Locals: CDC’s new rules for pills not a moment too soon

Published 4:30 am Thursday, March 17, 2016


The Centers for Disease Control this week issued new recommendations for prescribing opioid medications for chronic pain.

The federal government is working on urgent responses to the epidemic of overdose deaths.

The CDC Guideline for Prescribing Opioids for Chronic Pain, United States, 2016, is designed to help primary care providers ensure the safest and most effective treatment for their patients.

A CDC release said that increased prescribing and sales of opioids – a quadrupling since 1999 – helped created and fuel the epidemic of overdoses.

“More than 40 Americans die each day from prescription opioid overdoses, we must act now,” said CDC Director Tom Frieden. “Overprescribing opioids – largely for chronic pain – is a key driver of America’s drug-overdose epidemic. The guideline will give physicians and patients the information they need to make more informed decisions about treatment.”

The new guideline provides recommendations on the use of opioids in treating chronic pain – pain lasting more than three months or past the time of normal tissue healing.

District Attorney Walt Merrell expressed his concerns about prescription pill abuse.

“Two-hundred forty-nine million opioid prescriptions in 2013,” he said. “And that is up from the year prior. We are the most opioid-prescribed country in the world and prescription abuse and dependency is one of the most pressing issues facing our nation. I know that many of our local doctors guard cautiously against being taken advantage of by their patients, and I commend them for their efforts, but this measure by the CDC couldn’t have come soon enough.

“Some people need legitimate pain care,” Merrell said. “Others are just looking to get high, and what we have to be especially careful about is those who start out with a legitimate need and end up as an addict.”

CDC officials said that while prescription opioids can be part of pain management, they have serious risks.

The new guideline aims to improve the safety of prescribing and curtail the harms associated with opioid use, including opioid use disorder and overdose.

The guideline also focuses on increasing the use of other effective treatments available for chronic pain, such as nonopioid medications or non-pharmacologic therapies.

The guidelines are designed to help primary care physicians determine if and when to start opioids to treat chronic pain.

Among the 12 recommendations in the guideline, three principles are key to improving patient care:

• Nonopioid therapy is preferred for chronic pain outside of active cancer, palliative and end-of-life care.

• When opioids are used, the lowest possible effective dosage should be prescribed to reduce risks of opioid use disorder and overdose.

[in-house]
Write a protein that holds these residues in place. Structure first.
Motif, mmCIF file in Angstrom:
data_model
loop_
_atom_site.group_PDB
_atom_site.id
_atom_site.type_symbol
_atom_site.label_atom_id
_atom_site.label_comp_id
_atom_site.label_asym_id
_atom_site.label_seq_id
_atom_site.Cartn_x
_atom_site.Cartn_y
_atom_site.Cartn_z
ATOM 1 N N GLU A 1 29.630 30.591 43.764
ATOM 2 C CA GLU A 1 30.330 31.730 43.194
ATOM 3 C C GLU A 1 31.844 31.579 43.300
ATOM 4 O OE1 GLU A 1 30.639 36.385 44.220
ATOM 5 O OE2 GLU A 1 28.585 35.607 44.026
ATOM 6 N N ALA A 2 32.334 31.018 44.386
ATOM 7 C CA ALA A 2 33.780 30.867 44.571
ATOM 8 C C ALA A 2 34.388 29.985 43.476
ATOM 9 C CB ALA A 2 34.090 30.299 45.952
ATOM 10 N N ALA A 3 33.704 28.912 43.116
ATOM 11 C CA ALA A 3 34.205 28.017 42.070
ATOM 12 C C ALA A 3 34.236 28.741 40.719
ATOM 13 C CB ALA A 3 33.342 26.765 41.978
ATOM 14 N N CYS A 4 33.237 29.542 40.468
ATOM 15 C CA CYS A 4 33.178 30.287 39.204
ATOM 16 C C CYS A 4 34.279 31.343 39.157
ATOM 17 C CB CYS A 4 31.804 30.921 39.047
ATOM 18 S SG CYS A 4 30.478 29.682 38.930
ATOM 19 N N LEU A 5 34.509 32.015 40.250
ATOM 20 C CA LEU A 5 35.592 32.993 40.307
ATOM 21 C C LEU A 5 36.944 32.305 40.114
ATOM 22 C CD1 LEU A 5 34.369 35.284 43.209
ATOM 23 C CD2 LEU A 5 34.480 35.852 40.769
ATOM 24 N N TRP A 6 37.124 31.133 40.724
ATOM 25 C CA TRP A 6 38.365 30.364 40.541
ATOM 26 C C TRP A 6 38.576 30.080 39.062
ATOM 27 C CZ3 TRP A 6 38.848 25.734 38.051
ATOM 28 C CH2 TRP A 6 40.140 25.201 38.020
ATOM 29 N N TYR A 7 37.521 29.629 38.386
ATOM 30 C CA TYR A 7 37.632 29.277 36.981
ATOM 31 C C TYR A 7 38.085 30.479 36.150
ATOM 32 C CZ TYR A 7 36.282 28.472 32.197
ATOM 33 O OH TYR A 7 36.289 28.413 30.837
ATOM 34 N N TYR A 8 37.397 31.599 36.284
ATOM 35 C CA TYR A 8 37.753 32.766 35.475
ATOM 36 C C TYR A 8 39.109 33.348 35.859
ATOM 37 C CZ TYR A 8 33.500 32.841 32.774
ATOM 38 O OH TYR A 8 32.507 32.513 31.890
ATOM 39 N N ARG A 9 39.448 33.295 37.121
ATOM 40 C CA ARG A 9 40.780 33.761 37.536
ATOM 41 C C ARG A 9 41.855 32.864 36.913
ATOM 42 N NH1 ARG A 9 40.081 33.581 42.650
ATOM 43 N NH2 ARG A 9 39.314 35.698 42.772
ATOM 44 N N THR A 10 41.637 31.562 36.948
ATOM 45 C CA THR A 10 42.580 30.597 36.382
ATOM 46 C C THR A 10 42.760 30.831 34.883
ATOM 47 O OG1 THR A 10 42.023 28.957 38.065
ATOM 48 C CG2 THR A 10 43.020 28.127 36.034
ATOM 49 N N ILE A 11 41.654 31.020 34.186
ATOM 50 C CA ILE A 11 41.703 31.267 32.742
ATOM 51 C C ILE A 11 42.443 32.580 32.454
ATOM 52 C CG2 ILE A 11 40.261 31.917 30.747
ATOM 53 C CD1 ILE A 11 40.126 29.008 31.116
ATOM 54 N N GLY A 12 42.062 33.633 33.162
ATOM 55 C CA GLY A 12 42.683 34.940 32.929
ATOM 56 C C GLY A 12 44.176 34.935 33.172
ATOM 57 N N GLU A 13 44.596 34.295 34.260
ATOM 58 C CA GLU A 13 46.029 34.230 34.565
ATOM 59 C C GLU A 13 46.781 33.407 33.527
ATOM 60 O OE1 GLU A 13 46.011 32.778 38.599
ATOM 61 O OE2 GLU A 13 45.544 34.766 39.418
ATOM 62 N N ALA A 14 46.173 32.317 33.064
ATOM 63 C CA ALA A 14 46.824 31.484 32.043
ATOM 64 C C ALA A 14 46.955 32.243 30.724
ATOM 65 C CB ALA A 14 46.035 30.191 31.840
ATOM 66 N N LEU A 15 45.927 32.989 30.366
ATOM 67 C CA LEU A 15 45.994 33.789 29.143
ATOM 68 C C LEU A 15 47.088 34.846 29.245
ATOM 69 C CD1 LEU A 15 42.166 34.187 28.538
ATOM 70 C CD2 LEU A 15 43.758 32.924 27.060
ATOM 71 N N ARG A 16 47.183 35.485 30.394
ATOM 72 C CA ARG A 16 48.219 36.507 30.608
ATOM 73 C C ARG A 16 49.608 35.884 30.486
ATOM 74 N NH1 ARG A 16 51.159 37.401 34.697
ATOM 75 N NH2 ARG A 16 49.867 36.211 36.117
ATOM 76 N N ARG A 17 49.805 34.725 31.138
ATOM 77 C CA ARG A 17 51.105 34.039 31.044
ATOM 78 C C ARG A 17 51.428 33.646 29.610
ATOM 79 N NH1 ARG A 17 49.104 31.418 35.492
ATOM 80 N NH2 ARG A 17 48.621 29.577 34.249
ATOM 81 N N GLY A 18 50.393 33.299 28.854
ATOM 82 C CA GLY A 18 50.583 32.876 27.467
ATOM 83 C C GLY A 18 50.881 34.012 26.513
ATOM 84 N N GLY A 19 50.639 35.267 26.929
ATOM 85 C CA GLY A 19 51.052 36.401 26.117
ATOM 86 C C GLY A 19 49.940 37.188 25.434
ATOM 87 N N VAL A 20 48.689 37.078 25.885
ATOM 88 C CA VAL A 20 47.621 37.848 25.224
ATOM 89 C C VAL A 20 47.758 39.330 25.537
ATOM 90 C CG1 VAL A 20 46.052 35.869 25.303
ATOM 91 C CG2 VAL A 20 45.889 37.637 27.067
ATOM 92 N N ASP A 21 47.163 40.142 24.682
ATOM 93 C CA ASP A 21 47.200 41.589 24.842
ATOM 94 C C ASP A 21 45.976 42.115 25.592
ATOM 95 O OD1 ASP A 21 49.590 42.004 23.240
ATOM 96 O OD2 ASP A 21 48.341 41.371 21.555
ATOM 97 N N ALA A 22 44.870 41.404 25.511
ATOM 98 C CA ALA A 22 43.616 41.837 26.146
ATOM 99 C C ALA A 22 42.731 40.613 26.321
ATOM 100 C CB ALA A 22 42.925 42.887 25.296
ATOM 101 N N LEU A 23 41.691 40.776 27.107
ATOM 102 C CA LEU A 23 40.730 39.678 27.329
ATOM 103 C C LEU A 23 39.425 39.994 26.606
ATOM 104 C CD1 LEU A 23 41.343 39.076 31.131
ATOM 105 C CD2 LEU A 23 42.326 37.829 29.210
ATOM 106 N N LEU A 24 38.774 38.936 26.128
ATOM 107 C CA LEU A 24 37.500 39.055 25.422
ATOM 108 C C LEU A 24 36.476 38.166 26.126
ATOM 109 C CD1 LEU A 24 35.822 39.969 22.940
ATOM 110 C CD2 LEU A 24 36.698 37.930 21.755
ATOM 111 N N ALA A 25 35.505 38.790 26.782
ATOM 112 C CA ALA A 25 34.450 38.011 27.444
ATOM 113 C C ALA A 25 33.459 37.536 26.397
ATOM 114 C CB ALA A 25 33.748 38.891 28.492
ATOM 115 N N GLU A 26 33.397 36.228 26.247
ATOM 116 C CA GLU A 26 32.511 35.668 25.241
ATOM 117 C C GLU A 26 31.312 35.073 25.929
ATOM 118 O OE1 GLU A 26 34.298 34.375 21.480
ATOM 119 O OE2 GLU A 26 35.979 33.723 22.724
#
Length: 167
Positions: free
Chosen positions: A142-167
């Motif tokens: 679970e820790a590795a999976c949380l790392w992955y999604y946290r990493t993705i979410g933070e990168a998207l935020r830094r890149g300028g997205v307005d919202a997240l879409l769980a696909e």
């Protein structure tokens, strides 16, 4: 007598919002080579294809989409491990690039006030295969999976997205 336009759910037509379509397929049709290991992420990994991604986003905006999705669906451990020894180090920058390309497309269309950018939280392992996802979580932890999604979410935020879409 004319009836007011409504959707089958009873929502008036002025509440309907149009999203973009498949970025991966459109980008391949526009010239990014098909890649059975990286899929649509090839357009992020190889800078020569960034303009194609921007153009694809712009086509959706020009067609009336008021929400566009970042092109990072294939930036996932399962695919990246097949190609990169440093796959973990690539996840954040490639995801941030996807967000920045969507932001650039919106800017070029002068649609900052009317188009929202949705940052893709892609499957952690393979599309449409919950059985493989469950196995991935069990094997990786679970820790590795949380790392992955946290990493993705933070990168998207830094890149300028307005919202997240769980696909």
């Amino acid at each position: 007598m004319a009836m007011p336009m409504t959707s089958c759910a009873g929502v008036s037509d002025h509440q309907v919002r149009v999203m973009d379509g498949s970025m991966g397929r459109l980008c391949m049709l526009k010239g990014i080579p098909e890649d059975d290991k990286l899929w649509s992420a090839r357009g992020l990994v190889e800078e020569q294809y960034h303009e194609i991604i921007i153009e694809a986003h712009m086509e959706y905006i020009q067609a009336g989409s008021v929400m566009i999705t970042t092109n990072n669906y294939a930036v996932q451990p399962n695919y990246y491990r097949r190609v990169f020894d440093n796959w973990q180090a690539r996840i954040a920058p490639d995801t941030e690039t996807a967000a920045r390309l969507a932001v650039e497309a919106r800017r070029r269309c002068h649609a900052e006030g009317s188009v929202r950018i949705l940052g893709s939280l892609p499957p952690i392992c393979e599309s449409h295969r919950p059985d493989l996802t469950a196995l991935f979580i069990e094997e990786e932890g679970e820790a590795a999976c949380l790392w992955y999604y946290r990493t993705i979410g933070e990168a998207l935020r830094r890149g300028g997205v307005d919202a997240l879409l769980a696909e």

• Providers should always exercise caution when prescribing opioids and monitor all patients closely.

Prescription pill abuse is a concern of the Covington County Children’s Policy Council Coalition as well.

The organization received a five-year $650,000 grant in 2014 through the Substance Abuse and Mental Health Services Administration’s drug-free communities grant.

“Sadly, opioid addiction and medication misuse and abuse is an all too familiar story today,” said CCCPCC Director Susan Short. “Some even want to deny that our county has a huge alcohol and drug addiction problem. According to the Centers for Disease Control, nearly 40,000 Americans died from a drug overdose in 2013 and about 7,000 people are treated every day for abuse or misuse of drugs.

“I appreciate the willingness of the CDC to be on the prevention side of this problem,” she said. “I’m hoping that this recommendation can make a difference in the lives of other people before it’s too late. Many in the medical community recommend improving opioid prescribing and believe that this will lower and prevent abuse.”

Prescription pill abuse is was evident last year at the county’s faith-based rehabilitation center – Crossover Ministry.

However, Director Todd Sasser said that this year, the class comprises more meth addicts than prescription pill addicts.

“Prescription pills are still a problem,” he said. “But right now, we are seeing a rise in meth abuse. For example, last year, a third or more of our clients were there for pills, but with the increase in meth that number has decreased to about a fourth.”

Sasser said this class has 18 meth addicts, three or four pill addicts and one or two there for marijuana.

Still, Sasser said addicts often use what’s available to them.

“If you can’t find meth, you use something else,” he said. “Since there was a little bit less of meth in the area last year, we saw the pill use.”

Sasser said it’s just a cycle.